Below is a photo of one of my piles of bread gear in the kitchen:

My bread gear

In this photo are oat flour, wheat germ, wheat bran, oat bran, raw seseme seeds, wheat berries, cracked wheat, my yeast jar, raisins, dates, malted wheat flakes and other stuff. Some of these things I get at the Kearsarge Coop but they don't carry a lot of things they should carry, are very expensive and are often grouchy. The grocery stores now carry a lot of this stuff. I only had to go to King Arthur for the malted wheat flakes and the cracked wheat. I also have huge amounts of King Arthur unbleached all-purpose flour, whole wheat flour, white whole wheat flour, rye flour, and corn meal.

I should have also gotten malt powder but I forgot. So I am now making my own. I searched the Internet for a malt powder substitute and found that I could make my own malt powder with wheat berries. I happened to have some wheat berries in my bread gear, so I am processing them now for malt powder. Click this link at jugalbandi blog for directions in how to make your own malt powder.

Wheat berries soaking in water for 24 hours.

I am not entirely sure why malt powder is used in some of the bread recipes. But it is a sweetener, helps the leavening, and improves the taste, color and texture of the bread (or so I read). According to Wikipedia, "malting is a process applied to cereal grains, in which the grains are made to germinate by soaking in water[1] and are then quickly halted from germinating further by drying/heating with hot air.[2][3] Thus, malting is a combination of two processes: the sprouting process and the kiln-drying process. These latter terms are often preferred when referring to the field of brewing for batches of beer or other beverages as they provide more specific information."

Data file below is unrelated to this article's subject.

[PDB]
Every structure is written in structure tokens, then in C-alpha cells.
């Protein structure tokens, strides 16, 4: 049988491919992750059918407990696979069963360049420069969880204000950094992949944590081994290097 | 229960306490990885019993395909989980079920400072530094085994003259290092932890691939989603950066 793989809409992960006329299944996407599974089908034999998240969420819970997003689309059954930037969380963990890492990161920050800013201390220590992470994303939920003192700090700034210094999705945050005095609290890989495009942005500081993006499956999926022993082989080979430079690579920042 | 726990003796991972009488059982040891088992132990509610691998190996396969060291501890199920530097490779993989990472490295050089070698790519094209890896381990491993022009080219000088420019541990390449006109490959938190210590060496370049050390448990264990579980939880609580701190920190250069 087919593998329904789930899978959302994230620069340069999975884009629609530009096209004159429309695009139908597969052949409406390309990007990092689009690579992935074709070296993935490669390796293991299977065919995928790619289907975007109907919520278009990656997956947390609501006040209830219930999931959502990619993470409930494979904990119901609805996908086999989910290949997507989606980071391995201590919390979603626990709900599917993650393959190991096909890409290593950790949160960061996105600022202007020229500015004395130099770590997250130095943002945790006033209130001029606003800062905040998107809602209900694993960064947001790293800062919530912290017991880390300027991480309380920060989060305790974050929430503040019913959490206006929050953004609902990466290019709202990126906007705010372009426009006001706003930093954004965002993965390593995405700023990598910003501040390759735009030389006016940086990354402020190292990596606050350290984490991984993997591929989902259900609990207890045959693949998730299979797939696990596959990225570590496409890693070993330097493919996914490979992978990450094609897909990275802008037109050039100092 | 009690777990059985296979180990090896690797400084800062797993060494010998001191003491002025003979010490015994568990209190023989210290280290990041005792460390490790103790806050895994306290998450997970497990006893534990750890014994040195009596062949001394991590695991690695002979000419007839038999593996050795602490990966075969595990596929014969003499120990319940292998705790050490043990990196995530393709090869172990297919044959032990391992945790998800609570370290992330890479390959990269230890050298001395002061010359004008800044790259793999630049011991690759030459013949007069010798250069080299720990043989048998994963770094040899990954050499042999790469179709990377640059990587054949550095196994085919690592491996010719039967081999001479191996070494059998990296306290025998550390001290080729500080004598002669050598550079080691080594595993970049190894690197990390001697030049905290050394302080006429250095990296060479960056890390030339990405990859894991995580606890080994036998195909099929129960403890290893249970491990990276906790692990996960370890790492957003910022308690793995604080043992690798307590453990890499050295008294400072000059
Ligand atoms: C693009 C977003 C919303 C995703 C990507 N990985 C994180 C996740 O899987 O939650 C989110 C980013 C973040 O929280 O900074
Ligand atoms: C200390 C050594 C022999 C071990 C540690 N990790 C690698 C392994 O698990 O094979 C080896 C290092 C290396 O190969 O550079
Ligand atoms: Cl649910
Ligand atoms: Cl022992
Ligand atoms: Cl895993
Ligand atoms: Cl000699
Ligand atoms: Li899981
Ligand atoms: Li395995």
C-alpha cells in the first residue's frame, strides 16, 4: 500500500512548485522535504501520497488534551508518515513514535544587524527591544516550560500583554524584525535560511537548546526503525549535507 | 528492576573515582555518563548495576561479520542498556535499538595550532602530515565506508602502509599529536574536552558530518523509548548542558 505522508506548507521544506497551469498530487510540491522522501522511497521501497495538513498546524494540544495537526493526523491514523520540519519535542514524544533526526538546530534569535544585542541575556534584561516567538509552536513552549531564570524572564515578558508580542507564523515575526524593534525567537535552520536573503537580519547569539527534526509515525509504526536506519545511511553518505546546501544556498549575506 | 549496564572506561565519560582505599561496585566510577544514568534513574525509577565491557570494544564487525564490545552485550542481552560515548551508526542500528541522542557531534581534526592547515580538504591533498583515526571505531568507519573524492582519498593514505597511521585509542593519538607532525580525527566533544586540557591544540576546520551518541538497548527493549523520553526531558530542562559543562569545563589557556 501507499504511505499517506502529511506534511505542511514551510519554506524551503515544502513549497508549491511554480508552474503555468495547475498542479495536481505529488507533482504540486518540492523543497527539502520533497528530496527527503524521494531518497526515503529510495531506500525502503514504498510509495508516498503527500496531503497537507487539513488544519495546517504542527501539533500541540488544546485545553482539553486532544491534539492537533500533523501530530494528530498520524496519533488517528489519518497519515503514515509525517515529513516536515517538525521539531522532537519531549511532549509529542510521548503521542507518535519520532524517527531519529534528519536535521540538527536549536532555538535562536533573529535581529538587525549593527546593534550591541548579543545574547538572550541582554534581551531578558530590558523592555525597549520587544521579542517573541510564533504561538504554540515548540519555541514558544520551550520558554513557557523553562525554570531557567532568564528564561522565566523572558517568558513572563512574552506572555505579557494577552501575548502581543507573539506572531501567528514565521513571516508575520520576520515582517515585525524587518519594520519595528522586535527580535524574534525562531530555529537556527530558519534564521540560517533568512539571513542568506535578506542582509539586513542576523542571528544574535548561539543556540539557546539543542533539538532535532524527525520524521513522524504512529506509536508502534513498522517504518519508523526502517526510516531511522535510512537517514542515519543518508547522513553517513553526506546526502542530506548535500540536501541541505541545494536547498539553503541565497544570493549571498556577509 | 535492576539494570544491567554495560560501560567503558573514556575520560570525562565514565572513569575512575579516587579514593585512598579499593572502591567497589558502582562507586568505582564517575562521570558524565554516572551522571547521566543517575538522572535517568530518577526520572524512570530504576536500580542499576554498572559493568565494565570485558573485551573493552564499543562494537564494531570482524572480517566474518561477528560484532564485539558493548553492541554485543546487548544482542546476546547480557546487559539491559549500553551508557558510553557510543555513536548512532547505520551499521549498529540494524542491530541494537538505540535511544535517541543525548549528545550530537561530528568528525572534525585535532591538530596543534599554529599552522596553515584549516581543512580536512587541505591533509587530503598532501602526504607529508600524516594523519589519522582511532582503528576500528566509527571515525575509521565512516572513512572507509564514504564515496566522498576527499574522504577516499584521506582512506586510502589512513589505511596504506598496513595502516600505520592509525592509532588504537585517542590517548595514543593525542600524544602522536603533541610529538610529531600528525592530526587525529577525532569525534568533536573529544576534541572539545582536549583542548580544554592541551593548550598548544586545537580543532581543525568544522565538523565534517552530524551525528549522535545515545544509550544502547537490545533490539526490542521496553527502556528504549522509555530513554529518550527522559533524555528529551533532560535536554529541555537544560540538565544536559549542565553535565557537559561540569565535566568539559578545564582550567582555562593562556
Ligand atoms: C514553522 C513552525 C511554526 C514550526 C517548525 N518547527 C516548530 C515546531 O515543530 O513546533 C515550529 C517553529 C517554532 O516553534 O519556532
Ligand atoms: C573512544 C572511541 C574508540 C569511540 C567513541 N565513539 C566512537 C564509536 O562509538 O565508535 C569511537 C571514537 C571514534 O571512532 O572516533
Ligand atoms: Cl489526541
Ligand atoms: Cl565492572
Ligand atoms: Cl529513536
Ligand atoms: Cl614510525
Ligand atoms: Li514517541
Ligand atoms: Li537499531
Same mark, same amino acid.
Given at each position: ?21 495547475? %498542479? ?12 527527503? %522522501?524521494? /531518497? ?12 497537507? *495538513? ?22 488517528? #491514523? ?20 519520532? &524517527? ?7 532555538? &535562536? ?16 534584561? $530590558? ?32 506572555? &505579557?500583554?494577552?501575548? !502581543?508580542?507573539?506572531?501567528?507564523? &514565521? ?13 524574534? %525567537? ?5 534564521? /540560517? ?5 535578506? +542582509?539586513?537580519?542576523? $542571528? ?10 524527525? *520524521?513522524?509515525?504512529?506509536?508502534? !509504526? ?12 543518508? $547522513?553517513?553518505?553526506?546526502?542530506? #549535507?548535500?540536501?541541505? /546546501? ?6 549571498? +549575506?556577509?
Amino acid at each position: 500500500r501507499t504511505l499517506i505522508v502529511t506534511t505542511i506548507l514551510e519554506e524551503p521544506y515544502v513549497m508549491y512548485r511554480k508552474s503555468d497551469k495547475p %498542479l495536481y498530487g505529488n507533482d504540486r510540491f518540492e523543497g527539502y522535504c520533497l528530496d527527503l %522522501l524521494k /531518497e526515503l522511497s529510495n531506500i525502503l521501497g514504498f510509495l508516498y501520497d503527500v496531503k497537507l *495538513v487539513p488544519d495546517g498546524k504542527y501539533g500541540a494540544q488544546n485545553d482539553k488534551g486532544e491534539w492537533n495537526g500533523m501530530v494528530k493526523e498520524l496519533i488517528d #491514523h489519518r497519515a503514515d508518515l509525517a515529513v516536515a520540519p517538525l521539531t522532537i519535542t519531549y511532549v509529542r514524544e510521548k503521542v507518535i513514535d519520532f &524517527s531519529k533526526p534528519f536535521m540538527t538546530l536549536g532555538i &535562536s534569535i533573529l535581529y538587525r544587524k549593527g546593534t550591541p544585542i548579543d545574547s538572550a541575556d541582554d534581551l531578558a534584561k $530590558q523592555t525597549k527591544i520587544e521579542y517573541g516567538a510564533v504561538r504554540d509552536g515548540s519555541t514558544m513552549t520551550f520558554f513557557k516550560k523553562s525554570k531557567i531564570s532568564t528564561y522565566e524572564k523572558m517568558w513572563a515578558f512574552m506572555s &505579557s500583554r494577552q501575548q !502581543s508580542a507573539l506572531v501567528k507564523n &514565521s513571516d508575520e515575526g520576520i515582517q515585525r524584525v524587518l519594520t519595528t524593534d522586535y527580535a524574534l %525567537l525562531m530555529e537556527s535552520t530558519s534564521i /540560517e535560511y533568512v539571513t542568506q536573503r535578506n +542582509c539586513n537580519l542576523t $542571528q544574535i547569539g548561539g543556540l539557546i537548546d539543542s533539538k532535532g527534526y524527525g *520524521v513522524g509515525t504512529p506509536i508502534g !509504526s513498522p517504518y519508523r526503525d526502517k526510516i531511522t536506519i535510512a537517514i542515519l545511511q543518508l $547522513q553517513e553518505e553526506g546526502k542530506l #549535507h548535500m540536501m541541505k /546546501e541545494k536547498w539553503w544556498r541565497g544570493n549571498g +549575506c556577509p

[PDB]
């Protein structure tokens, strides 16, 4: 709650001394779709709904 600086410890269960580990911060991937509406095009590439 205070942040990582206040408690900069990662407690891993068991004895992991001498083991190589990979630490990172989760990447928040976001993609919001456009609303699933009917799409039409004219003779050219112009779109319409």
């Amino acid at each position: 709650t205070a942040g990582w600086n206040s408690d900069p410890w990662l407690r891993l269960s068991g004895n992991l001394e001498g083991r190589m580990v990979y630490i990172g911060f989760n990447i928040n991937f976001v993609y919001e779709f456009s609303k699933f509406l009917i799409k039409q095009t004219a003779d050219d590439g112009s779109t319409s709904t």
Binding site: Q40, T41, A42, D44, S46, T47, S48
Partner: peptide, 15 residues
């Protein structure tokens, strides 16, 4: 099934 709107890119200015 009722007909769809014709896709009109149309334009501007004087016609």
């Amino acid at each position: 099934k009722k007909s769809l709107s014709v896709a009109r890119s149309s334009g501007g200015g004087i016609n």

When Anna visited us two weeks ago, I was in the middle of baking for the church luncheon. She went home with about 10 loaves of artisan bread. She prefers whole grain breads but I also sent home a couple of white and light wheat loaves for Aaron. They loved it all!

When John and I went to the King Arthur store this weekend, I impulsively bought the second bread book by Hertzberg and Francoise: Healthy Bread in Five Minutes a Day: 100 New Recipes Featuring Whole Grains, Fruits, Vegetables, and Gluten-Free Ingredients. Don't buy impulsively! I paid $27.50 for a book that amazon.com carries for $18.47. I am kicking myself now. Click my links here for either (or both) books and you will be having as much fun as I am baking bread.



Hertzog & Francois have a great blog at Artisan Bread in Five Minutes a Day. It has updates, new hints and tricks and corrections. The authors will personally answer any questions that you have and cannot find answers to elsewhere.

A final note . . . John is not the biggest fan of these artisan loaves. For him, I still make a wonderful traditional loaf found at http://www.kingarthurflour.com/blog/2010/01/28/sandwich-bread-fit-for-the-king/.